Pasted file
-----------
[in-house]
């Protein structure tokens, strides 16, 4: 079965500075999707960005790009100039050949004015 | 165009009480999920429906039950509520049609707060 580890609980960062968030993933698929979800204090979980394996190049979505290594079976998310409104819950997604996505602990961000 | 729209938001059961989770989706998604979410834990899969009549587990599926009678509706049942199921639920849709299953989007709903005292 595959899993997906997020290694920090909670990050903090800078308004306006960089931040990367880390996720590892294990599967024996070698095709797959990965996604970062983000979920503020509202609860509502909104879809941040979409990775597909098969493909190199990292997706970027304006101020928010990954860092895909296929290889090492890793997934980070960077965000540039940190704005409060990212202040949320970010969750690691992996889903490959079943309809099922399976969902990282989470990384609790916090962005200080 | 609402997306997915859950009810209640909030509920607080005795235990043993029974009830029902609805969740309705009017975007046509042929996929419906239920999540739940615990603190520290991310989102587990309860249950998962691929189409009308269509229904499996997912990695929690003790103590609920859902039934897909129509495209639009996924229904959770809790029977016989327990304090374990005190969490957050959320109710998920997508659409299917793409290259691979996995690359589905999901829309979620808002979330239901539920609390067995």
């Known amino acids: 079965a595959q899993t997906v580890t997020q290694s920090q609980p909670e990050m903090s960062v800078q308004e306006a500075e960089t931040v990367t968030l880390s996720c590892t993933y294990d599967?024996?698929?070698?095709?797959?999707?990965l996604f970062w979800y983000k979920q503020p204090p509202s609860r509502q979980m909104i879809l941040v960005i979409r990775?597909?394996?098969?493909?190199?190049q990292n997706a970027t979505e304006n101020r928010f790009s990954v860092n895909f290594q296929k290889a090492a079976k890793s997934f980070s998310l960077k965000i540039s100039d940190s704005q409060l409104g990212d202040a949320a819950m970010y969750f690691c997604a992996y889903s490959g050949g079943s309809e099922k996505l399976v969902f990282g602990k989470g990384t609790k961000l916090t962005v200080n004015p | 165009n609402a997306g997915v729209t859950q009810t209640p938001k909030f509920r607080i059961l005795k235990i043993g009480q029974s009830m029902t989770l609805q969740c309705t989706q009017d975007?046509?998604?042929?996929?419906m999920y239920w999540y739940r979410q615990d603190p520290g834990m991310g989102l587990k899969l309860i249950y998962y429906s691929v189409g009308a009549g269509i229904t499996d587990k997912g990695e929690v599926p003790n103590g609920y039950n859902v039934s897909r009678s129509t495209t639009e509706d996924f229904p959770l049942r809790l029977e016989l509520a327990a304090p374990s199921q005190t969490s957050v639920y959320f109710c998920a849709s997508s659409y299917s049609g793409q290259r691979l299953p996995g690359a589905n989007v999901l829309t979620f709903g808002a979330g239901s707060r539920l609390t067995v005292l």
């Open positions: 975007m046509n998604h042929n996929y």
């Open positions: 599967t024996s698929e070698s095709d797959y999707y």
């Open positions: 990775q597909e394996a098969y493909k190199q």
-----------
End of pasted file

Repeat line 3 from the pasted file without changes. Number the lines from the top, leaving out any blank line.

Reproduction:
């Known amino acids: 079965a595959q899993t997906v580890t997020q290694s920090q609980p909670e990050m903090s960062v800078q308004e306006a500075e960089t931040v990367t968030l880390s996720c590892t993933y294990d599967?024996?698929?070698?095709?797959?999707?990965l996604f970062w979800y983000k979920q503020p204090p509202s609860r509502q979980m909104i879809l941040v960005i979409r990775?597909?394996?098969?493909?190199?190049q990292n997706a970027t979505e304006n101020r928010f790009s990954v860092n895909f290594q296929k290889a090492a079976k890793s997934f980070s998310l960077k965000i540039s100039d940190s704005q409060l409104g990212d202040a949320a819950m970010y969750f690691c997604a992996y889903s490959g050949g079943s309809e099922k996505l399976v969902f990282g602990k989470g990384t609790k961000l916090t962005v200080n004015p | 165009n609402a997306g997915v729209t859950q009810t209640p938001k909030f509920r607080i059961l005795k235990i043993g009480q029974s009830m029902t989770l609805q969740c309705t989706q009017d975007?046509?998604?042929?996929?419906m999920y239920w999540y739940r979410q615990d603190p520290g834990m991310g989102l587990k899969l309860i249950y998962y429906s691929v189409g009308a009549g269509i229904t499996d587990k997912g990695e929690v599926p003790n103590g609920y039950n859902v039934s897909r009678s129509t495209t639009e509706d996924f229904p959770l049942r809790l029977e016989l509520a327990a304090p374990s199921q005190t969490s957050v639920y959320f109710c998920a849709s997508s659409y299917s049609g793409q290259r691979l299953p996995g690359a589905n989007v999901l829309t979620f709903g808002a979330g239901s707060r539920l609390t067995v005292l």